At the commencement of 1876 the Alumni had nothing to report in
way of money contributed on endowment to meet the challenge of
Rev. J. S. Purefoy to match his collections in the North, but the
Trustees voted thanks to Mr. Purefoy and the brethren at the North
who had manifested liberality and kindness to him and the
Of the amount which the Northern brethren subscribed, $10,500, a
total of $9,200 was realized,2 and of this about $8,000 was already
paid in, bringing the total reported endowment to 527,954.18, more
than twice the amount salvaged from the wreck of the Civil War. Part
of the increase came from the appreciation in the value of stocks and
bonds, and the greater part of the remainder from the collections of
Mr. Purefoy just mentioned. Only a small part came from the other
campaigns for endowment. Probably in addition to the amount paid
agents for soliciting and collecting twenty thousand dollars had been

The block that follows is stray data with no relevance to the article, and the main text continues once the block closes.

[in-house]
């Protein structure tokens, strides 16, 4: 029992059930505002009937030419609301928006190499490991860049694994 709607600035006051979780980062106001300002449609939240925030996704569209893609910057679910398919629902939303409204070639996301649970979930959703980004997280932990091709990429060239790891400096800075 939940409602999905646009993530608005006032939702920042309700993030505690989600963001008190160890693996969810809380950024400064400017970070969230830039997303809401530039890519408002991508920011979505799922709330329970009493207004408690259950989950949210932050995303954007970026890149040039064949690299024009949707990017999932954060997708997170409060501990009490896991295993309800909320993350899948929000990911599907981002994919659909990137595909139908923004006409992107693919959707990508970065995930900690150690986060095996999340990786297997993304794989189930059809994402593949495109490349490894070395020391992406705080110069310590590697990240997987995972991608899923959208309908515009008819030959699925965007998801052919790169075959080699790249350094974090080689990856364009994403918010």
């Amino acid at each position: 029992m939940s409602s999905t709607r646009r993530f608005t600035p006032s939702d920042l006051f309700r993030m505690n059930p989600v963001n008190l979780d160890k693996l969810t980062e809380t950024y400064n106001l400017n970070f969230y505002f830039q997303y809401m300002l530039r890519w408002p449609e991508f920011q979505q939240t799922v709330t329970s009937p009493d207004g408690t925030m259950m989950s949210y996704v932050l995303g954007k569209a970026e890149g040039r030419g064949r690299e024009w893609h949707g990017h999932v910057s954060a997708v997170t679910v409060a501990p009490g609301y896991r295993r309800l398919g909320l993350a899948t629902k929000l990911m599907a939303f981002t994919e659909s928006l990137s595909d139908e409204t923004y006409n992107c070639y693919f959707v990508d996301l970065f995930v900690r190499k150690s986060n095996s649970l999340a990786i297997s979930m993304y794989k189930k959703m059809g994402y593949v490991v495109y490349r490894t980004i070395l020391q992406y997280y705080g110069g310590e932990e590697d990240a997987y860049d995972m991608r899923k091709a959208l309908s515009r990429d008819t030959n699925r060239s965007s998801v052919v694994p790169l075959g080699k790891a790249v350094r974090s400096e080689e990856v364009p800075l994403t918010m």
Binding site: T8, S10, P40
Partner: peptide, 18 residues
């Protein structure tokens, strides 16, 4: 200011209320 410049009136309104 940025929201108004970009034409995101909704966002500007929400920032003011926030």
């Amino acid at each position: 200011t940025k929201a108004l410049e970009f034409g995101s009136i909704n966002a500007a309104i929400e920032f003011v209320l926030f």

paid into the college treasury, but this had been used to pay the salary
of the faculty and other necessary expenses. In a summary of the
financial affairs of the College since the Civil War Mr. Purefoy says
that those who made the larger subscriptions in the canvass of Rev. R.
B. Jones, including the members of the faculty, consented to have
what they paid used for repairs and to sustain the faculty, and that in
the canvass made by Rev. R. R. Overby and Rev. John Mitchell, the
Trustees, in their care to avoid debt, directed the agents to take
subscriptions with the express understanding that if needed they
would be used for current expenses; in this way the College was
saved through nine years of great embarrassment.3 In June, 1874, the
Board had ordered the endowment to be kept sacred and used for no
other purpose, and yet the next year, the treasurer was ordered to
Proceedings, p. 191.
2 See statement of Professor Mills at head of Chapter IV.
Purefoy's first page article in Biblical Recorder, August 30, 1876.
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